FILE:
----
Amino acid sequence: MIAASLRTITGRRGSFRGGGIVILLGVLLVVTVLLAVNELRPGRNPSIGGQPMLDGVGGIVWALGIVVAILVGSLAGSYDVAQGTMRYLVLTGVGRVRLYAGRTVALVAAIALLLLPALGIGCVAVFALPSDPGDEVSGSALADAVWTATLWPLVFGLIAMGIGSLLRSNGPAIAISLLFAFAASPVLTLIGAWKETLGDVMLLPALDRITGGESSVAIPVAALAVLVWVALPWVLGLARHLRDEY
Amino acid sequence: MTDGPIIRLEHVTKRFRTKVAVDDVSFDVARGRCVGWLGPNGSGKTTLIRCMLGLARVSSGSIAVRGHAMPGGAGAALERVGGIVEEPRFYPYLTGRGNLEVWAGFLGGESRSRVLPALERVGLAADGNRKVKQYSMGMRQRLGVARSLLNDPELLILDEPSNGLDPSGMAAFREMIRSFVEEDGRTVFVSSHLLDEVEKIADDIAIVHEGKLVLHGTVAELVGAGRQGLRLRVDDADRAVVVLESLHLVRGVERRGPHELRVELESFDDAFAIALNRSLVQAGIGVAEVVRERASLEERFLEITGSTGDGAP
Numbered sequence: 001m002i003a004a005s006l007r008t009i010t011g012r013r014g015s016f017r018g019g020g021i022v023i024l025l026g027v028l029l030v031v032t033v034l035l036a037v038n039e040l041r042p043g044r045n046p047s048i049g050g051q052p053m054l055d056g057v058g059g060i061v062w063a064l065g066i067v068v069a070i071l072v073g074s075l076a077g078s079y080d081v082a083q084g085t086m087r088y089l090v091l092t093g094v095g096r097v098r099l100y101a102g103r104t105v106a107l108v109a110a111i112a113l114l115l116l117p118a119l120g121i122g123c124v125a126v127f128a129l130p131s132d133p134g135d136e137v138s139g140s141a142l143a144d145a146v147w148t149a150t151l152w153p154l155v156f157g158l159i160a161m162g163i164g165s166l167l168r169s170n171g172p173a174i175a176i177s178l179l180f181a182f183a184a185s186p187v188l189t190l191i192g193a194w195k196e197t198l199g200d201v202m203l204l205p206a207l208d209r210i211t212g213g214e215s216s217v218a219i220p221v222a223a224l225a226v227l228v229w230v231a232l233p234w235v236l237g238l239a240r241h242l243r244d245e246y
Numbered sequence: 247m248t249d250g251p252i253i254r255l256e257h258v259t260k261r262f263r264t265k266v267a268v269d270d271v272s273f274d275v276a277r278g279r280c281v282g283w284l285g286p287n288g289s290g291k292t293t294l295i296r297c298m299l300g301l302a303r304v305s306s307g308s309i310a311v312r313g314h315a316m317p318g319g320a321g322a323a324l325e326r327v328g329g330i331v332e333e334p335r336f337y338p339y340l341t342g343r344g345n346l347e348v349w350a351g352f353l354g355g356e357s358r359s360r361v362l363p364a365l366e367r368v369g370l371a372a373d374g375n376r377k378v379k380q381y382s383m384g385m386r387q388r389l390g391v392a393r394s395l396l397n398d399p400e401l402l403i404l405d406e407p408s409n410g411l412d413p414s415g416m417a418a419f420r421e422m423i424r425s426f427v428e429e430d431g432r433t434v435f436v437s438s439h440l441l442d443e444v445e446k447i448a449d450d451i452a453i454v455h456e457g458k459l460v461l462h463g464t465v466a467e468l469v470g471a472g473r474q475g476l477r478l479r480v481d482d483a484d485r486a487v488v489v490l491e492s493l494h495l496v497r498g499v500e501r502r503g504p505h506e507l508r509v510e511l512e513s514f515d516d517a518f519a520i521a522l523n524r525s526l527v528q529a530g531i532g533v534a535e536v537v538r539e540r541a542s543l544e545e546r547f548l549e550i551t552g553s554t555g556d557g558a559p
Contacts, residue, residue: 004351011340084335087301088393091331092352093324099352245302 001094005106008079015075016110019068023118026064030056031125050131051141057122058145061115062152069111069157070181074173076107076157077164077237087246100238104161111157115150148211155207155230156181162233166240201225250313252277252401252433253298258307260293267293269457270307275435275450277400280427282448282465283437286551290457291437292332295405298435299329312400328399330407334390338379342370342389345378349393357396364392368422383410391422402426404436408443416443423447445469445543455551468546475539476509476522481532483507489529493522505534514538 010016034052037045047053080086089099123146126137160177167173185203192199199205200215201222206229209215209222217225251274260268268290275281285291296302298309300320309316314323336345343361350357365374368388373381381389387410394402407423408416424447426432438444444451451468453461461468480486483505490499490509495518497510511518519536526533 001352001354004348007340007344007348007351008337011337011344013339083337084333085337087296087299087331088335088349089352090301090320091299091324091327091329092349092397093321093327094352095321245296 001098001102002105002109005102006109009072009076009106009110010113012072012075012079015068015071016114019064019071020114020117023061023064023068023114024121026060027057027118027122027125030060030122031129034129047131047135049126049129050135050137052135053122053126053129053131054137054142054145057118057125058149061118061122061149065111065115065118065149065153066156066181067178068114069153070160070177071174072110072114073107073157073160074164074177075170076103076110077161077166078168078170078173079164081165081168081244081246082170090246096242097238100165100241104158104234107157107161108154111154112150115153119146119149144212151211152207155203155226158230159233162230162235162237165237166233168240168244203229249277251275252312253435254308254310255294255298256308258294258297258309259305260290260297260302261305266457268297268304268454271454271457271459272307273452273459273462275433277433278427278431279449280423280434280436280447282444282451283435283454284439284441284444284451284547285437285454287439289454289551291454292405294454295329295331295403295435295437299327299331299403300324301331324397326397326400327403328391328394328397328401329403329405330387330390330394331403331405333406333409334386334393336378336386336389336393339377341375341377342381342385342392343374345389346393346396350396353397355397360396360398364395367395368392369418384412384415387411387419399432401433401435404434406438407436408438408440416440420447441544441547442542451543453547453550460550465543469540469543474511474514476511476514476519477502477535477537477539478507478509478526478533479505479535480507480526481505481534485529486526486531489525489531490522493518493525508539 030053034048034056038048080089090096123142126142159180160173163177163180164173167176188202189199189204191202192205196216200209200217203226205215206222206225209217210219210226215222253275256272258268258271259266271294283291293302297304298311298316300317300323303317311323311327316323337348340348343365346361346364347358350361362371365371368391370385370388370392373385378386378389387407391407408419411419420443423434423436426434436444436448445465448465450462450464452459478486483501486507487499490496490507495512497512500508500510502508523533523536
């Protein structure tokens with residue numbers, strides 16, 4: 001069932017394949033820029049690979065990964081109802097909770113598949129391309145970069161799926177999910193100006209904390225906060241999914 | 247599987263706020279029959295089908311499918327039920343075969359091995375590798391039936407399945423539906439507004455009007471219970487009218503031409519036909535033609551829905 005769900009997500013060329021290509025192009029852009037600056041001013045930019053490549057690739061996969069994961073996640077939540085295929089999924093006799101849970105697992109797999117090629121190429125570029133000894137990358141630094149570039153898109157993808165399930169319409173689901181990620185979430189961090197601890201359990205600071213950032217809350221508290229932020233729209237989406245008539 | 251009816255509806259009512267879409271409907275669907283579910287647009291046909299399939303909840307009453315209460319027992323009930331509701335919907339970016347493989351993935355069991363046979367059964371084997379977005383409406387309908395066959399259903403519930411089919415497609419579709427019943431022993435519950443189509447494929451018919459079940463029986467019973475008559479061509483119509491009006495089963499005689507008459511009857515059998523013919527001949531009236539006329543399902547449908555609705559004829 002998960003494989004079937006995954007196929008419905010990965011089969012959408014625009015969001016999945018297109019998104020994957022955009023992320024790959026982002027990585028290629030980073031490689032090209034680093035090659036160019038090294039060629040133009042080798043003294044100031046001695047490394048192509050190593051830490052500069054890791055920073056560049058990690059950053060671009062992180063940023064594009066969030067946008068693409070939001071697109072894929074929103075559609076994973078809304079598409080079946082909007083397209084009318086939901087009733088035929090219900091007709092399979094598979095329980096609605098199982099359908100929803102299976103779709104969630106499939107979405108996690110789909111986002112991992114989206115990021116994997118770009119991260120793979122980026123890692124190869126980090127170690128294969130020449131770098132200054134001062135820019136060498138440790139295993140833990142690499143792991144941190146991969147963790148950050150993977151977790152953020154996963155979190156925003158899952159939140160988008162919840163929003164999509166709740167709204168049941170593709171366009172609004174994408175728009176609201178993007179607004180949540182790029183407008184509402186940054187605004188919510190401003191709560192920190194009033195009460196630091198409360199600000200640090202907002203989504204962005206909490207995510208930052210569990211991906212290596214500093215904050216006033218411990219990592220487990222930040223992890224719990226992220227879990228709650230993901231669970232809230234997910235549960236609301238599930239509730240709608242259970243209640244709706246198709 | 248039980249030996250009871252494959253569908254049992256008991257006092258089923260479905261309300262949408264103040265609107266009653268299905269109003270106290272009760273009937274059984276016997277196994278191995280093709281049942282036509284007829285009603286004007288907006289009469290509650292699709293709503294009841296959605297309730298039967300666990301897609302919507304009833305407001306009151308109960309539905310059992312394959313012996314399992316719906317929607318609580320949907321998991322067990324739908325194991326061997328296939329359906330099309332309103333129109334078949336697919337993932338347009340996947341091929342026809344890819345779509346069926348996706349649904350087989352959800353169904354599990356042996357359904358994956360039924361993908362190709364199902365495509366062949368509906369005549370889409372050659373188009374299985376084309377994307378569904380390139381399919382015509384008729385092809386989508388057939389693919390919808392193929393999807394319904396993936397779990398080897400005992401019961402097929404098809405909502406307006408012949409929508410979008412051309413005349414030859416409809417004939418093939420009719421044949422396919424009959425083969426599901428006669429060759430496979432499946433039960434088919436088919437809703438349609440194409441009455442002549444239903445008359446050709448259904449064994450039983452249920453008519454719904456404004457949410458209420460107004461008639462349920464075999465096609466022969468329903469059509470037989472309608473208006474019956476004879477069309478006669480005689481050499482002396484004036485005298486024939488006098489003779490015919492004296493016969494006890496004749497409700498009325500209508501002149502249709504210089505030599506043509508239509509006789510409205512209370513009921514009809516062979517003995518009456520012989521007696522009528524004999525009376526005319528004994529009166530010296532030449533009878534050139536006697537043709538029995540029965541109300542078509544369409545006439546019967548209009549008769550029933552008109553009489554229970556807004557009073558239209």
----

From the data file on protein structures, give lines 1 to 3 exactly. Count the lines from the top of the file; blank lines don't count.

Amino acid sequence: MIAASLRTITGRRGSFRGGGIVILLGVLLVVTVLLAVNELRPGRNPSIGGQPMLDGVGGIVWALGIVVAILVGSLAGSYDVAQGTMRYLVLTGVGRVRLYAGRTVALVAAIALLLLPALGIGCVAVFALPSDPGDEVSGSALADAVWTATLWPLVFGLIAMGIGSLLRSNGPAIAISLLFAFAASPVLTLIGAWKETLGDVMLLPALDRITGGESSVAIPVAALAVLVWVALPWVLGLARHLRDEY
Amino acid sequence: MTDGPIIRLEHVTKRFRTKVAVDDVSFDVARGRCVGWLGPNGSGKTTLIRCMLGLARVSSGSIAVRGHAMPGGAGAALERVGGIVEEPRFYPYLTGRGNLEVWAGFLGGESRSRVLPALERVGLAADGNRKVKQYSMGMRQRLGVARSLLNDPELLILDEPSNGLDPSGMAAFREMIRSFVEEDGRTVFVSSHLLDEVEKIADDIAIVHEGKLVLHGTVAELVGAGRQGLRLRVDDADRAVVVLESLHLVRGVERRGPHELRVELESFDDAFAIALNRSLVQAGIGVAEVVRERASLEERFLEITGSTGDGAP
Numbered sequence: 001m002i003a004a005s006l007r008t009i010t011g012r013r014g015s016f017r018g019g020g021i022v023i024l025l026g027v028l029l030v031v032t033v034l035l036a037v038n039e040l041r042p043g044r045n046p047s048i049g050g051q052p053m054l055d056g057v058g059g060i061v062w063a064l065g066i067v068v069a070i071l072v073g074s075l076a077g078s079y080d081v082a083q084g085t086m087r088y089l090v091l092t093g094v095g096r097v098r099l100y101a102g103r104t105v106a107l108v109a110a111i112a113l114l115l116l117p118a119l120g121i122g123c124v125a126v127f128a129l130p131s132d133p134g135d136e137v138s139g140s141a142l143a144d145a146v147w148t149a150t151l152w153p154l155v156f157g158l159i160a161m162g163i164g165s166l167l168r169s170n171g172p173a174i175a176i177s178l179l180f181a182f183a184a185s186p187v188l189t190l191i192g193a194w195k196e197t198l199g200d201v202m203l204l205p206a207l208d209r210i211t212g213g214e215s216s217v218a219i220p221v222a223a224l225a226v227l228v229w230v231a232l233p234w235v236l237g238l239a240r241h242l243r244d245e246y